…Let us not fish in troubled waters
Yours truly has been following carefully, with an eagle’s eye, the ongoing shenanigans engulfing the top hierarchy of domestic football.
What is currently at play here is the outdated biblical philosophy of an eye for an eye and tooth for tooth – an extremely dangerous exercise that obviously leaves everybody blind. For starters, football, let alone the Namibia
Football Association (NFA), is a public entity and should be treated accordingly.
Many a neutral football fan might recall that there has never been a case of theft reported from the beautiful game of football though the dominant view among the uniformed is that money is being swindled out of football coffers.
The bone of contention is the staggering amount of US$20,000 (N$236,000) yearly grant earmarked for the NFA President, referred to as “Compensatory Allowance” to the Presidents of Associations.
Valuable information gathered from reliable sources within the corridors of Football House revealed that NFA received a hefty annual grant of US$100,000 to be divided as follows:
US$50,000 is for youth football, US$30,000 for match official indemnities with the remainder (US$20,000) set aside for the Association’s seating President. As it stands, there is no clear indication whether this money is for the president’s personal use or for official assignments.
In the conspicuous absence of directives or guidelines as to how this money should be utilised and for what purposes, the president might be within his rights to demand that the money be paid over to his personal account.
All these things boil down to accountability and lack of transparency. The public has been kept in the dark for far too long about the association’s finances.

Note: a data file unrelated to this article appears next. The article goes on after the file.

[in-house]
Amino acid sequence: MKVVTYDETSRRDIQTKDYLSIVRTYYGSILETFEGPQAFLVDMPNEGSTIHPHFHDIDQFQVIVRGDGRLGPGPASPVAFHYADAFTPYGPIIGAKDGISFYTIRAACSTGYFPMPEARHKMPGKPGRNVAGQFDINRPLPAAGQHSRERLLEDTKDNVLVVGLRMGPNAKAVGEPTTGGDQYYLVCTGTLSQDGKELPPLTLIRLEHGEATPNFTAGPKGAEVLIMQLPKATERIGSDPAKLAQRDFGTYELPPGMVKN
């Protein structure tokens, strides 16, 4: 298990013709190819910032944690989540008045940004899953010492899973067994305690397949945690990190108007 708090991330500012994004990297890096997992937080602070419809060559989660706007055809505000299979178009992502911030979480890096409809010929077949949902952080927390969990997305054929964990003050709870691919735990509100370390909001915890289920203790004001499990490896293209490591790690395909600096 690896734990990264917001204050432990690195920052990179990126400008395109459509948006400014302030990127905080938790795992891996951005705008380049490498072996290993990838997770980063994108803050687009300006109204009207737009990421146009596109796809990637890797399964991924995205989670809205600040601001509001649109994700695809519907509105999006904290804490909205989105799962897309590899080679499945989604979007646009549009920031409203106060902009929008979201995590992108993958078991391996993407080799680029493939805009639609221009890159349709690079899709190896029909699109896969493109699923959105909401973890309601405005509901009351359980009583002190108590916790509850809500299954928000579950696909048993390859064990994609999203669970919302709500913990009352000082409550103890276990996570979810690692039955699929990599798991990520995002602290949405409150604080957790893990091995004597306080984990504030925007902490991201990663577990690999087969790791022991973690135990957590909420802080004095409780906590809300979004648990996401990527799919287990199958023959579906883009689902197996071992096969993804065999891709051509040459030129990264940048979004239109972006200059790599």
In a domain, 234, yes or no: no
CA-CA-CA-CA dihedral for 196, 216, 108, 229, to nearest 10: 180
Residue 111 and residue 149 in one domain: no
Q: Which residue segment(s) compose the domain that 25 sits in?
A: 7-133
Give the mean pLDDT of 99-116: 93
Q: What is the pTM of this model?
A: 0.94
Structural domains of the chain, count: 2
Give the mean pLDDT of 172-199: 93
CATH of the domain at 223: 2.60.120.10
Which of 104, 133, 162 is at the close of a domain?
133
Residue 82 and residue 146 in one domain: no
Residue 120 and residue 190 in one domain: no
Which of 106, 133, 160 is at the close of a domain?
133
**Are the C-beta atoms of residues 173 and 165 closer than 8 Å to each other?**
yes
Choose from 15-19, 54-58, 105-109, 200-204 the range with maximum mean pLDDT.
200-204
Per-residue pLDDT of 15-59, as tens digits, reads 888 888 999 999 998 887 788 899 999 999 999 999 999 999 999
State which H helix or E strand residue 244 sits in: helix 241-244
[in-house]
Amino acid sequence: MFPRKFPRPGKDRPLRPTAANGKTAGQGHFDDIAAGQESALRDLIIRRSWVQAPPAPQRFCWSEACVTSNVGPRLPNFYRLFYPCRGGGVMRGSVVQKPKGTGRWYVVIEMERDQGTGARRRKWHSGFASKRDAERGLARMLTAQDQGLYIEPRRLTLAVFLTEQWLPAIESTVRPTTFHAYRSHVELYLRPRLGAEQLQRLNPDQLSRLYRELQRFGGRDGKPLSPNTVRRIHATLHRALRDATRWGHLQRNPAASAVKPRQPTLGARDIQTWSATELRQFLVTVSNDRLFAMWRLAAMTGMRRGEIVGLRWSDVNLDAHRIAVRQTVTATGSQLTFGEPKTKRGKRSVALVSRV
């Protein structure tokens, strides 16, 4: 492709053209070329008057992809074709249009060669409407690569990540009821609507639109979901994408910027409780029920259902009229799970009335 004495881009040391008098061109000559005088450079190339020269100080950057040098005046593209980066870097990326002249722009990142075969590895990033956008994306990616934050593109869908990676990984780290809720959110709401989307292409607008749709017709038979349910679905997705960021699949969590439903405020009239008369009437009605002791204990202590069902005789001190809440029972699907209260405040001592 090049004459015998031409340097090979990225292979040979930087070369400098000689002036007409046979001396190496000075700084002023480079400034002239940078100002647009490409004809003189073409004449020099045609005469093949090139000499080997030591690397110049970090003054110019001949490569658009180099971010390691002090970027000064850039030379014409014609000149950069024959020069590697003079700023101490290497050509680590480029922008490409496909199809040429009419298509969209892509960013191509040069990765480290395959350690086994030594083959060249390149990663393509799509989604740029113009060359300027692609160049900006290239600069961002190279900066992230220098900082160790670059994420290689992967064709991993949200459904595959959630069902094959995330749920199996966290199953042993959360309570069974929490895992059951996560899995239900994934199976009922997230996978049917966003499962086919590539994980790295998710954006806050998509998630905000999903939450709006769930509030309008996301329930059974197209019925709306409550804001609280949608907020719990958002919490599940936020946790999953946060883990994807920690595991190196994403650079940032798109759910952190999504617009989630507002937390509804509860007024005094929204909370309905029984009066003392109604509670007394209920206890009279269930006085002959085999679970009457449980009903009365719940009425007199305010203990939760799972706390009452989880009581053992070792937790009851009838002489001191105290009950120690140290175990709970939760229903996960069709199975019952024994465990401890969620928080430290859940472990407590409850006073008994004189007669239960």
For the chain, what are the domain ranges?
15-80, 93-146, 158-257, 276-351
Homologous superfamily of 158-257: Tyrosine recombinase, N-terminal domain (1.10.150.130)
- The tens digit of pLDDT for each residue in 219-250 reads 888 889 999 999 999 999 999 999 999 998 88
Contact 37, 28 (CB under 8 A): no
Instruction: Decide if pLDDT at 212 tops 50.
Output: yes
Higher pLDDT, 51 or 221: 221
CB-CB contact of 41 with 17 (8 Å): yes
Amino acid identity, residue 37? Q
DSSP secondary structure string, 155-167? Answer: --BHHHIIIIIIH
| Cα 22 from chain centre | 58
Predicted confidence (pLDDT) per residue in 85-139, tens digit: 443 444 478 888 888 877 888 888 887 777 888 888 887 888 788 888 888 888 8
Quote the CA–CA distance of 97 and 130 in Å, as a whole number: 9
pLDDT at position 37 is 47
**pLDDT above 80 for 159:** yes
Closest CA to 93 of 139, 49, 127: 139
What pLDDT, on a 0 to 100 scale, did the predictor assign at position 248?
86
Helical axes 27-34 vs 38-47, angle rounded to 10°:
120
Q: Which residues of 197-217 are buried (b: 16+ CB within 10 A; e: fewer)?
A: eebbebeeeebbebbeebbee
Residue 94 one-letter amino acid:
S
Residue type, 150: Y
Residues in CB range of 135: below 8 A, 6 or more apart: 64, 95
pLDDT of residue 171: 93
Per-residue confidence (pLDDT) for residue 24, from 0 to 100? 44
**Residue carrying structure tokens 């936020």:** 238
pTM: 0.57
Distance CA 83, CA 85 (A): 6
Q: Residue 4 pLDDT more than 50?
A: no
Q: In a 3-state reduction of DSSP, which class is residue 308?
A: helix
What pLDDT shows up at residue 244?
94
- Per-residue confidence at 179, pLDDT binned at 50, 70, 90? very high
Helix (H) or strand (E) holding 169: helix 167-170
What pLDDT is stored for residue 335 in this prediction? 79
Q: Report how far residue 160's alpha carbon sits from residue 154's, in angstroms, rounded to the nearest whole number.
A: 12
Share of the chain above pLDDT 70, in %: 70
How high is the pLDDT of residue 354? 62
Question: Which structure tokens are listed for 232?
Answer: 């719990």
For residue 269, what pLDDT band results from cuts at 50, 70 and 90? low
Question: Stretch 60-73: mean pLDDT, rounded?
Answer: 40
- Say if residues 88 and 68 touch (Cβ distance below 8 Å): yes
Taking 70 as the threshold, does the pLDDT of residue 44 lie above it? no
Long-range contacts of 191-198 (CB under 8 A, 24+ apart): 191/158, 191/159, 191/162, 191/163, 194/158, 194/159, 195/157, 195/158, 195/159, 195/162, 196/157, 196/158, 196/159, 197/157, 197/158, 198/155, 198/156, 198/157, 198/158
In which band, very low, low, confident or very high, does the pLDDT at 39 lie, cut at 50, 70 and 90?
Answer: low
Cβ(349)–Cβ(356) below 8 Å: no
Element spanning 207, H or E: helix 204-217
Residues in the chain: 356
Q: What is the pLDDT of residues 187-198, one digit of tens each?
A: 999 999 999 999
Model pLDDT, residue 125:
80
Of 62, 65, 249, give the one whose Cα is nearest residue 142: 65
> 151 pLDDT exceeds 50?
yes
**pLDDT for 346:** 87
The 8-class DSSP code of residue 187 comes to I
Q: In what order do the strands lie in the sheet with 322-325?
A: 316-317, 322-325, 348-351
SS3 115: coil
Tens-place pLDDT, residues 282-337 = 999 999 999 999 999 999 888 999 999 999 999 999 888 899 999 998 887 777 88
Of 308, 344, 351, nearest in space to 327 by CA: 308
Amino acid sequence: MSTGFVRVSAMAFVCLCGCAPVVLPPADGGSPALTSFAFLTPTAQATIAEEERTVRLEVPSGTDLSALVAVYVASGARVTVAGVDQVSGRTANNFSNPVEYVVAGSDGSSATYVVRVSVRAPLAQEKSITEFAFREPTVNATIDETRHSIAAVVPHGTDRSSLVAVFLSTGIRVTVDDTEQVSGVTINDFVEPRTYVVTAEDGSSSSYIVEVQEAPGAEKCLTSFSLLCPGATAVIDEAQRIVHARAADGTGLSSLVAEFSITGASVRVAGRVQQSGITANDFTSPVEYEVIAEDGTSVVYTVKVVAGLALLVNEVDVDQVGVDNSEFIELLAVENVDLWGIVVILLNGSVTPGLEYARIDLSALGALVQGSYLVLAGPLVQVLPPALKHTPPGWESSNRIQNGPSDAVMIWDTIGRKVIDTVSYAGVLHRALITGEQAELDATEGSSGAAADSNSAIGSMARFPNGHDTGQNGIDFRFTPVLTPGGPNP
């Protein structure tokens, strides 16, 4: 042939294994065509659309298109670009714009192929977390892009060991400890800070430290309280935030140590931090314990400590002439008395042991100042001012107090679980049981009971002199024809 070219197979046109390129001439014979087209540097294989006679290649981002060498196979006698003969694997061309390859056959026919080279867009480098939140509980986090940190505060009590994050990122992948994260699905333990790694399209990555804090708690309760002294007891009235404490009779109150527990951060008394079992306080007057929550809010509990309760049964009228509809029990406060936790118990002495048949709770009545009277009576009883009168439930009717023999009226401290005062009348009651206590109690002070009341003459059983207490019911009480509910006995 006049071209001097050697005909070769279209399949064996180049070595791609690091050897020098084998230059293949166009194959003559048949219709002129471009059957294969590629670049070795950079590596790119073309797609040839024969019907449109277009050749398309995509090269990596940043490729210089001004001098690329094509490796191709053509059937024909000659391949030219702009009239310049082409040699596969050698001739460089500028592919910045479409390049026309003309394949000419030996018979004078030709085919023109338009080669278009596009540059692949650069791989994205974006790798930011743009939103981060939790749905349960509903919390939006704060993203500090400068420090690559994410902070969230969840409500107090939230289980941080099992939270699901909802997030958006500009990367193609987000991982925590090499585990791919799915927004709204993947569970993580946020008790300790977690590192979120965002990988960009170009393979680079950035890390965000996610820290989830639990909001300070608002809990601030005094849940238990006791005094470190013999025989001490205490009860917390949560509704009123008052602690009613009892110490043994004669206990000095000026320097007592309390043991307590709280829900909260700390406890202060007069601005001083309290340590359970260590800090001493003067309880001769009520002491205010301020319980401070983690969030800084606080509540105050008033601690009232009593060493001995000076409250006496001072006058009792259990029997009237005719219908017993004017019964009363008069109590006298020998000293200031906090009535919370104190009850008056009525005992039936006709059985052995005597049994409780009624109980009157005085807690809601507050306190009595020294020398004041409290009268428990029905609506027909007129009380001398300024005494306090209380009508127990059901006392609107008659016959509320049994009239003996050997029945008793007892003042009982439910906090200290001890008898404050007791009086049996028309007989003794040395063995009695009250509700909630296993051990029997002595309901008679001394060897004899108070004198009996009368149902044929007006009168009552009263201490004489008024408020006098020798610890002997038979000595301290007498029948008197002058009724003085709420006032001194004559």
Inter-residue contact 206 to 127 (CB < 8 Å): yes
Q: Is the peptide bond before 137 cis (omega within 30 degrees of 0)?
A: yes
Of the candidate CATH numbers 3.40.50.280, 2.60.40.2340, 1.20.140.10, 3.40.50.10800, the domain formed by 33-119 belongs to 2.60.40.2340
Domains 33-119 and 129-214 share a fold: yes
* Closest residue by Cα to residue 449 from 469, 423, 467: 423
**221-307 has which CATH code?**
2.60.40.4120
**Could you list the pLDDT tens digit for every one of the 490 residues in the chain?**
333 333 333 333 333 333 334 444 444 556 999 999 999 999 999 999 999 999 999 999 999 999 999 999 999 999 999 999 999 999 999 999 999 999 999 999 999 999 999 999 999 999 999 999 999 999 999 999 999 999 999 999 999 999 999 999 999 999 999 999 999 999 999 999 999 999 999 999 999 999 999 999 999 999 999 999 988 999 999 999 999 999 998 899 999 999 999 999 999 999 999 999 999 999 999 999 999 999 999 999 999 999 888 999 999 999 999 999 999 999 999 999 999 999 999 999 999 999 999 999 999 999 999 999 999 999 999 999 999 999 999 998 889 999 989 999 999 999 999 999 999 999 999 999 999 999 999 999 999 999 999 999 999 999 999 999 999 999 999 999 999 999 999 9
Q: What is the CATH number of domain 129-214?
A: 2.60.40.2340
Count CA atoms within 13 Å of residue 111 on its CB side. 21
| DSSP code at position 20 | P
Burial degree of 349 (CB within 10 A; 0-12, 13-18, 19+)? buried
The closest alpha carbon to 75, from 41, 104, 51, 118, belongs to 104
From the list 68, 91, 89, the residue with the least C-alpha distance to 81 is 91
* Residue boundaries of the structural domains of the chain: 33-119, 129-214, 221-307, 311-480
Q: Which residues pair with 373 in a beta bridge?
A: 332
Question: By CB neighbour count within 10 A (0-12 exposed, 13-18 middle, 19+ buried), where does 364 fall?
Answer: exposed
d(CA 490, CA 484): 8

Yours truly seriously doubts that all these dozens of reported wrongdoings would have been thrown into the public domain had certain blokes within the association not fallen out with the president. I’m just wondering.
There is an element of personal bias in this whole exercise, which softens the edges of moral outrage – thus blurring the lines of proper conduct.
Who decides ultimately? What role do we as football followers have or play of the game we follow with such great passion and endurance to keep stray football administrators on the straight and narrow. I’m just asking.
It should be well consumed that FIFA is an autonomous body that does not tolerate outside interference and our football leaders are conveniently finding refuge in the FIFA statutes to avoid possible prosecution.
Truth be told, collecting N$11,000 for “Out of Town Allowance” is way beyond any imagination given our economic hardships, notwithstanding the Association’s own fragile financial standing.
Allowance should be demarcated from country to country, for instance, within the Southern African Development Community, rest of Africa and overseas trips.
While I am not against the damning accusations levelled against the NFA president, yours truly is inclined to conclude that Mbidi is being held hostage for his wayward handling of the secretary-general’s contract renewal.
Finally, the fundamental question that needs to be addressed is; why did all these cases not come to the fore since some of them happened ages ago as far as three years back.
Am I then going to stand accused of ignorance and being biased if I conclude that the NFA Executive was only made aware of these transgressions now? I rest my case.